The common practice of administering vitamin D supplementation for the prevention of osteoporosis among adults may be unnecessary, according to data reported in The Lancet.
“The negative findings of our analysis contrast with the widely held perception that vitamin D works directly on bone cells to promote mineralization,” Ian R. Reid, MD, of the University of Auckland in New Zealand, and colleagues wrote. “The increasing practice for measurement and supplementation of vitamin D is expensive. Our data suggest that the targeting of low-dose vitamin D supplements only to individuals who are likely to be deficient could free up substantial resources that could be better used elsewhere in health care.”
Ian R. Reid
Various databases were searched for trials examining the effects of vitamin D (D3 or D2, but not vitamin D metabolites) on bone mineral density. The primary endpoint was the percentage change in BMD from baseline, according to data. Ultimately, the researchers identified 23 studies (mean duration, 23.5 months) that included 4,082 patients (92% women; mean age, 59 years).
The mean baseline serum 25-hydroxyvitamin D concentration was <50 nmol/L in eight of the studies (n=1,791) examined by Reid and colleagues. They also found that patients were given vitamin D doses <800 IU daily in 10 studies (n=2,294). Patients’ BMD was measured in each study at one of the following sites: lumbar spine, femoral neck, total hip, trochanter, total body or forearm, according to data.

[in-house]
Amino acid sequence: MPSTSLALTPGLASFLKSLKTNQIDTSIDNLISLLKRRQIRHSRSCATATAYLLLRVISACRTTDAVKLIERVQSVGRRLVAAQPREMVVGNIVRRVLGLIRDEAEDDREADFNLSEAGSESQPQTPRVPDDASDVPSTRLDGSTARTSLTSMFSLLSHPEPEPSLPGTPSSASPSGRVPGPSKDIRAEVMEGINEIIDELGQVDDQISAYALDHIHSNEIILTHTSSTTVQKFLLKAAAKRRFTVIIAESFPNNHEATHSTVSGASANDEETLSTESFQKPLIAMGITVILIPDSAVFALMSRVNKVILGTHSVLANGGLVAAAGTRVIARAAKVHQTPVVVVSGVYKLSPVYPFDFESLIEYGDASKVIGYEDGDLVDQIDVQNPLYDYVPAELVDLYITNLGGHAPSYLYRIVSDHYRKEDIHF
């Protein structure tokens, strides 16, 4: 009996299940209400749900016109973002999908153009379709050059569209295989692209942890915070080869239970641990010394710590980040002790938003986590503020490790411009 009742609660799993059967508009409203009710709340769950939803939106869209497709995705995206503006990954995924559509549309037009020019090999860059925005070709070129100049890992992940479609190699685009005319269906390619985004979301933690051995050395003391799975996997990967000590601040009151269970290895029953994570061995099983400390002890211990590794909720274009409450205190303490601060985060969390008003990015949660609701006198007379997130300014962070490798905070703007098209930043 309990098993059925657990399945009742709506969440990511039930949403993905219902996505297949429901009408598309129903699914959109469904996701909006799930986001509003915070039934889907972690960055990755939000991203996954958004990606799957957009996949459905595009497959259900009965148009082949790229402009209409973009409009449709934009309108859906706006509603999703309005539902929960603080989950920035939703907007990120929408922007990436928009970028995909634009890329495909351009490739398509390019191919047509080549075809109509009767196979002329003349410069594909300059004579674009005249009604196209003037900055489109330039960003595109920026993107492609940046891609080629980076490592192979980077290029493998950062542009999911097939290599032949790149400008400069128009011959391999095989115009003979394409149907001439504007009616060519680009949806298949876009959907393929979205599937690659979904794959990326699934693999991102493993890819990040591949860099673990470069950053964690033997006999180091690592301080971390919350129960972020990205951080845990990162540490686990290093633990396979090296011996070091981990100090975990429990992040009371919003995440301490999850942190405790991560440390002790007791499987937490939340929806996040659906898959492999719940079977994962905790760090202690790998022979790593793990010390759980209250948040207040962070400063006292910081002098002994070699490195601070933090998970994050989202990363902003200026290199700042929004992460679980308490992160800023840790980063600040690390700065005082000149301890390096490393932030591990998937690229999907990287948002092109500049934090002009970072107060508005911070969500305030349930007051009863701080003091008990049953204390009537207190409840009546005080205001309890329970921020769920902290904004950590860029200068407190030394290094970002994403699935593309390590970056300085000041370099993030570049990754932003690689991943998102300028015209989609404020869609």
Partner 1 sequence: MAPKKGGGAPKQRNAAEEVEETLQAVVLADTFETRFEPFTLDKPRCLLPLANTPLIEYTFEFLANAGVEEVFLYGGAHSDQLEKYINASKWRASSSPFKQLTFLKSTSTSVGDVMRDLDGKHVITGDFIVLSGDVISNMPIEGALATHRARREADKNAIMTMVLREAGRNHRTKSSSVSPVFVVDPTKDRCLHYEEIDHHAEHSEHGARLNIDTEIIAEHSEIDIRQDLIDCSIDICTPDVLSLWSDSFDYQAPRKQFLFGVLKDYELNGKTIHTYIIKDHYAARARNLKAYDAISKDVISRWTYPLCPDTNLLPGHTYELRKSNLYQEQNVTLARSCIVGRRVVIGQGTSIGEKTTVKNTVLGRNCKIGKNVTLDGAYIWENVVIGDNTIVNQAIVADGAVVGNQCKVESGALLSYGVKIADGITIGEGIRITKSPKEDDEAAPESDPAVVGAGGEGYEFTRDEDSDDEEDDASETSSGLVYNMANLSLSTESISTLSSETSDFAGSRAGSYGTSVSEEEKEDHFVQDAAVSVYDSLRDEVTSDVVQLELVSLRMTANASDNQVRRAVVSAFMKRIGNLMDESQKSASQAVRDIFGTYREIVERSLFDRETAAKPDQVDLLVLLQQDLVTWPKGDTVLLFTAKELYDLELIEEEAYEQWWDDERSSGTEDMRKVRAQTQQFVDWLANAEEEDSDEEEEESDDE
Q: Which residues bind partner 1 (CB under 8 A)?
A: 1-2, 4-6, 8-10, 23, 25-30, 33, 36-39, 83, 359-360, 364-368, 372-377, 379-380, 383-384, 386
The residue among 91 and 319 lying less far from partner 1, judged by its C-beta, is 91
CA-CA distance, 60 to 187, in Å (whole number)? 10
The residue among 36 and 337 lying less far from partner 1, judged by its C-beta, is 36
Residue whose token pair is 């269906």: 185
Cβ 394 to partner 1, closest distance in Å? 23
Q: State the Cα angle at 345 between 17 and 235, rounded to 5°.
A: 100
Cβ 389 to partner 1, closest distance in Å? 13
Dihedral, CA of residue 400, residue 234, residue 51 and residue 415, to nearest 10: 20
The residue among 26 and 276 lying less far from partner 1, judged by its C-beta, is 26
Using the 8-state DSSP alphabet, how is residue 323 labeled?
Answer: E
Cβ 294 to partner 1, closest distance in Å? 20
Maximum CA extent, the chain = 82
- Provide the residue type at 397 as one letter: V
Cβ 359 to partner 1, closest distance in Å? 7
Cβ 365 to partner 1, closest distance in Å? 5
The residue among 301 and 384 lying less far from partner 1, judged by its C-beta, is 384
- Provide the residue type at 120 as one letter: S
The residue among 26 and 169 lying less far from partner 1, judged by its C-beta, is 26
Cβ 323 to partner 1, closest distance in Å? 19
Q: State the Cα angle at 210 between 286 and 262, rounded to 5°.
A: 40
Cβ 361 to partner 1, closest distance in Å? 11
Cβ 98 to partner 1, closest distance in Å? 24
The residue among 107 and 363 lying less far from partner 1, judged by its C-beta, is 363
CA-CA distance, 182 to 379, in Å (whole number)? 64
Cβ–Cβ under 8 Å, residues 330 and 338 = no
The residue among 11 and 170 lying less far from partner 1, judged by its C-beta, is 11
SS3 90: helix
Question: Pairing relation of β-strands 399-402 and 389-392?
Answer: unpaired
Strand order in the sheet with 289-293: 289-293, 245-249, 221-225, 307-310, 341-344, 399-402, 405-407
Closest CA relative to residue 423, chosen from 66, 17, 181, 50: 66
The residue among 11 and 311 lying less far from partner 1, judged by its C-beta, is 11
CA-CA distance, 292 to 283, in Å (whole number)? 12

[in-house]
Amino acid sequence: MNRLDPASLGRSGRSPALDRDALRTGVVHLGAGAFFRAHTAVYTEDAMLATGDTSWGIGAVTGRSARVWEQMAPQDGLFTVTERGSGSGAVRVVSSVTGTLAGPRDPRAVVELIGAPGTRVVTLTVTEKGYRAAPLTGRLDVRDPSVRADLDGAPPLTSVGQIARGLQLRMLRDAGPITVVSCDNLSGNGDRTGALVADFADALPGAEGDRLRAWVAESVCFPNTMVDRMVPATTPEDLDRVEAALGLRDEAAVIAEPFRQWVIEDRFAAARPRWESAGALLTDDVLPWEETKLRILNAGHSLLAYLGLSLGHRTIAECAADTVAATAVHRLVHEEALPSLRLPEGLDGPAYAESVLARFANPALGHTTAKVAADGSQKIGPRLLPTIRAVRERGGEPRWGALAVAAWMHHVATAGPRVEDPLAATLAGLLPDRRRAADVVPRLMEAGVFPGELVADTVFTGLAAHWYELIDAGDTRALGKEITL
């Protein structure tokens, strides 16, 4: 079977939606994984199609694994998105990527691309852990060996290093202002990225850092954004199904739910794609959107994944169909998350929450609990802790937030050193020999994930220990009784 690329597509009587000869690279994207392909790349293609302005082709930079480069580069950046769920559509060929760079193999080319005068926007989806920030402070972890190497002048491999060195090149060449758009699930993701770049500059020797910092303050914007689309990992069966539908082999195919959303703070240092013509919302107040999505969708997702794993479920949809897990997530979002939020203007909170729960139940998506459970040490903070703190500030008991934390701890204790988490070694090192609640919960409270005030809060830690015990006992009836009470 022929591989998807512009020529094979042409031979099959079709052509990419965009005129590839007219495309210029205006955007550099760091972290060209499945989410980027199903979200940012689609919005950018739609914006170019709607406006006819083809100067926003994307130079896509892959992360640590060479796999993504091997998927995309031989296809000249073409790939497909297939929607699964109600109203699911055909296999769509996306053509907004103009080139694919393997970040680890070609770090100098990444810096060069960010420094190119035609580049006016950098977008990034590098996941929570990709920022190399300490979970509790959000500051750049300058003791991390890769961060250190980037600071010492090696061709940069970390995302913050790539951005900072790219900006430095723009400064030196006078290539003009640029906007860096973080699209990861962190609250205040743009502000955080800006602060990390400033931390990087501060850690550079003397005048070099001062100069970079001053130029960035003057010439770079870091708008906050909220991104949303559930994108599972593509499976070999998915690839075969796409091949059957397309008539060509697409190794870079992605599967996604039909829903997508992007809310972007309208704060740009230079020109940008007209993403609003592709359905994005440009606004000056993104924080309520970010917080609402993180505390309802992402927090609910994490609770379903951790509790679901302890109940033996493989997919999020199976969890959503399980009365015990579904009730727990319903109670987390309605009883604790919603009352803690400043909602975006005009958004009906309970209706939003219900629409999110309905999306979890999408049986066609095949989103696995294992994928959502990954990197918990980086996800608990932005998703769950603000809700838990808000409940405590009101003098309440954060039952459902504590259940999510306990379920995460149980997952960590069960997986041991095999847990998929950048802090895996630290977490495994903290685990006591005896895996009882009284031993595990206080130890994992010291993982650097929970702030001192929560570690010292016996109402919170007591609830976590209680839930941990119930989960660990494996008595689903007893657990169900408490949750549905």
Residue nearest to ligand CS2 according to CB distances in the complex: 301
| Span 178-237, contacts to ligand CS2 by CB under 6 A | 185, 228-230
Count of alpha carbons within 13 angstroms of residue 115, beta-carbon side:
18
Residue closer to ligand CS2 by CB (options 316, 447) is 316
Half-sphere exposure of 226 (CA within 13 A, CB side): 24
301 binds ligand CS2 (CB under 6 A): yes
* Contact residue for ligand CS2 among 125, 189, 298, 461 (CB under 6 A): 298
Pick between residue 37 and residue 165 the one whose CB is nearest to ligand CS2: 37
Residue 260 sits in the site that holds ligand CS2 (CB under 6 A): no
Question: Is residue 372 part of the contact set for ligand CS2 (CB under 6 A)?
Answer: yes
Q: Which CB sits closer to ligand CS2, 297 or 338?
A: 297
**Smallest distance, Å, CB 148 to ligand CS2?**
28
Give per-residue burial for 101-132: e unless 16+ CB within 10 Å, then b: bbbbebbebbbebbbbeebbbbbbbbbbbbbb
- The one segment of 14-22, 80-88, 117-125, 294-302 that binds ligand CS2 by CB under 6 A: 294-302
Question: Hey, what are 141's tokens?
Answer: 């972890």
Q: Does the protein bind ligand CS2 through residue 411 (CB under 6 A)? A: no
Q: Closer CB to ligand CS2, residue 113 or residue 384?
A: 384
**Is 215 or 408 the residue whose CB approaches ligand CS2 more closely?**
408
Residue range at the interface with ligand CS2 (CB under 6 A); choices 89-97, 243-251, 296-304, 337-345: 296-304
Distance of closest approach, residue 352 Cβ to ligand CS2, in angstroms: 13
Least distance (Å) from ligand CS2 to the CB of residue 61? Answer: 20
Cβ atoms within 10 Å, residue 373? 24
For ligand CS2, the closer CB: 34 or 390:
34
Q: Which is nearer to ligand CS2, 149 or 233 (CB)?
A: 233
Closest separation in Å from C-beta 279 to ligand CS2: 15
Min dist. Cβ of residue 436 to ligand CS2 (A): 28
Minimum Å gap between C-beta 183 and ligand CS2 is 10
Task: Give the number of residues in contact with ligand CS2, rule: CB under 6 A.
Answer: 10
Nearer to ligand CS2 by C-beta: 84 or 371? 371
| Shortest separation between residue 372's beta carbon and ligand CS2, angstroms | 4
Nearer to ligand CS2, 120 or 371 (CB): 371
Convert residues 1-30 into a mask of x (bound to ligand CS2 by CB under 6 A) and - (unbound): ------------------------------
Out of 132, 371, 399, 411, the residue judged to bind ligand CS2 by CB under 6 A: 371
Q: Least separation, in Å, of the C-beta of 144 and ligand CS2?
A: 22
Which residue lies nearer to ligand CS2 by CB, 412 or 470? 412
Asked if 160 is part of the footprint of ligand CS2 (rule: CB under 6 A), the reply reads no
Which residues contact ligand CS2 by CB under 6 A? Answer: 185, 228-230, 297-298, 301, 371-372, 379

The researchers reported that six studies showed significant benefits to BMD, four reported beneficial effects at one site only, and one reported beneficial effects in both femoral regions. The other sites in each study did not show benefit from treatment and two studies reported detrimental effects at the total body (P≤.05).
Researchers found a small benefit at the femoral neck (0.8%; 95% CI, 0.2-1.4) with heterogeneity among trials, according to abstract data.
“Although small increases in bone density at some skeletal sites in some studies were reported, when these increases are offset against the individual findings of deleterious effects, the number of positive results is little better than what would have been expected by chance,” the researchers wrote.
Clifford J. Rosen
In an accompanying editorial, Clifford J. Rosen, MD, director of clinical and translational research and a senior scientist at Maine Medical Center’s Research Institute, wrote that Reid and colleagues’ analysis is consistent with the current understanding of vitamin D; that its supplementation is not needed to prevent osteoporosis.
“However, maintenance of vitamin D stores in the elderly combined with sufficient dietary calcium intake (800 mg to 1,200 mg per day) remains an effective approach for prevention of hip fractures,” Rosen wrote.
For more information:
Reid IR. Lancet. 2013;doi:10.1016/S0140-6736(13)61647-5.
Rosen CJ. Lancet. 2013;doi:10.1016/S0140-6736(13)61721-3.
Disclosure: The researchers report no relevant financial disclosures. Rosen reports no disclosures.